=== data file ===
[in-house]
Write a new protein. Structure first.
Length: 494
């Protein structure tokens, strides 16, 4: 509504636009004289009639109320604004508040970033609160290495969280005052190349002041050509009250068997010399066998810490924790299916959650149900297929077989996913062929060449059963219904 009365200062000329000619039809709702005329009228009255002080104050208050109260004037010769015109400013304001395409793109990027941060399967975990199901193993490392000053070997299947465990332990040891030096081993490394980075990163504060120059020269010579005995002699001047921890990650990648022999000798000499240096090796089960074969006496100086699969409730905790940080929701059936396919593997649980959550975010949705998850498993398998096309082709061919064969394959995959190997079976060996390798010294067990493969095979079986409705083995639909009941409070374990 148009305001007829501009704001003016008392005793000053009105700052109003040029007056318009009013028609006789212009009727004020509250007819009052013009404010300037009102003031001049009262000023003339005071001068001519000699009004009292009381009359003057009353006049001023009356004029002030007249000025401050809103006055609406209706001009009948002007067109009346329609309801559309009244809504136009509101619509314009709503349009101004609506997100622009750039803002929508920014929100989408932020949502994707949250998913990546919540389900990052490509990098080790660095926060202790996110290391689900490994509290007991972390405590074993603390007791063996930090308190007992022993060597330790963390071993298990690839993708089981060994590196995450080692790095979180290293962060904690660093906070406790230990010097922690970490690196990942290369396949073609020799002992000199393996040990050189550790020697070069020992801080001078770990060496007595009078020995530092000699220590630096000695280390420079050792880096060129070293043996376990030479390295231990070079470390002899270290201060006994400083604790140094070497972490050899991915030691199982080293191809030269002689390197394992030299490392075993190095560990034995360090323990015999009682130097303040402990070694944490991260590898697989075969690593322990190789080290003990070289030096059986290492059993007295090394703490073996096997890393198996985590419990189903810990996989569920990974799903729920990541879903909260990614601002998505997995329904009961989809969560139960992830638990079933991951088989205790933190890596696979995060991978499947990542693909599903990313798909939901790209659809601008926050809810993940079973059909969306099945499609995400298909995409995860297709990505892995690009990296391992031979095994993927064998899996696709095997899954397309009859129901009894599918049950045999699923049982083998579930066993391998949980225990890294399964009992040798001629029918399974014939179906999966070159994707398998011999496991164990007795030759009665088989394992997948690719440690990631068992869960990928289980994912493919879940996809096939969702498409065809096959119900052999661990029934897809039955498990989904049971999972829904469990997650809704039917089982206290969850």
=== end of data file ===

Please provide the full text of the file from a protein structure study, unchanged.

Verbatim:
[in-house]
Write a new protein. Structure first.
Length: 494
């Protein structure tokens, strides 16, 4: 509504636009004289009639109320604004508040970033609160290495969280005052190349002041050509009250068997010399066998810490924790299916959650149900297929077989996913062929060449059963219904 009365200062000329000619039809709702005329009228009255002080104050208050109260004037010769015109400013304001395409793109990027941060399967975990199901193993490392000053070997299947465990332990040891030096081993490394980075990163504060120059020269010579005995002699001047921890990650990648022999000798000499240096090796089960074969006496100086699969409730905790940080929701059936396919593997649980959550975010949705998850498993398998096309082709061919064969394959995959190997079976060996390798010294067990493969095979079986409705083995639909009941409070374990 148009305001007829501009704001003016008392005793000053009105700052109003040029007056318009009013028609006789212009009727004020509250007819009052013009404010300037009102003031001049009262000023003339005071001068001519000699009004009292009381009359003057009353006049001023009356004029002030007249000025401050809103006055609406209706001009009948002007067109009346329609309801559309009244809504136009509101619509314009709503349009101004609506997100622009750039803002929508920014929100989408932020949502994707949250998913990546919540389900990052490509990098080790660095926060202790996110290391689900490994509290007991972390405590074993603390007791063996930090308190007992022993060597330790963390071993298990690839993708089981060994590196995450080692790095979180290293962060904690660093906070406790230990010097922690970490690196990942290369396949073609020799002992000199393996040990050189550790020697070069020992801080001078770990060496007595009078020995530092000699220590630096000695280390420079050792880096060129070293043996376990030479390295231990070079470390002899270290201060006994400083604790140094070497972490050899991915030691199982080293191809030269002689390197394992030299490392075993190095560990034995360090323990015999009682130097303040402990070694944490991260590898697989075969690593322990190789080290003990070289030096059986290492059993007295090394703490073996096997890393198996985590419990189903810990996989569920990974799903729920990541879903909260990614601002998505997995329904009961989809969560139960992830638990079933991951088989205790933190890596696979995060991978499947990542693909599903990313798909939901790209659809601008926050809810993940079973059909969306099945499609995400298909995409995860297709990505892995690009990296391992031979095994993927064998899996696709095997899954397309009859129901009894599918049950045999699923049982083998579930066993391998949980225990890294399964009992040798001629029918399974014939179906999966070159994707398998011999496991164990007795030759009665088989394992997948690719440690990631068992869960990928289980994912493919879940996809096939969702498409065809096959119900052999661990029934897809039955498990989904049971999972829904469990997650809704039917089982206290969850």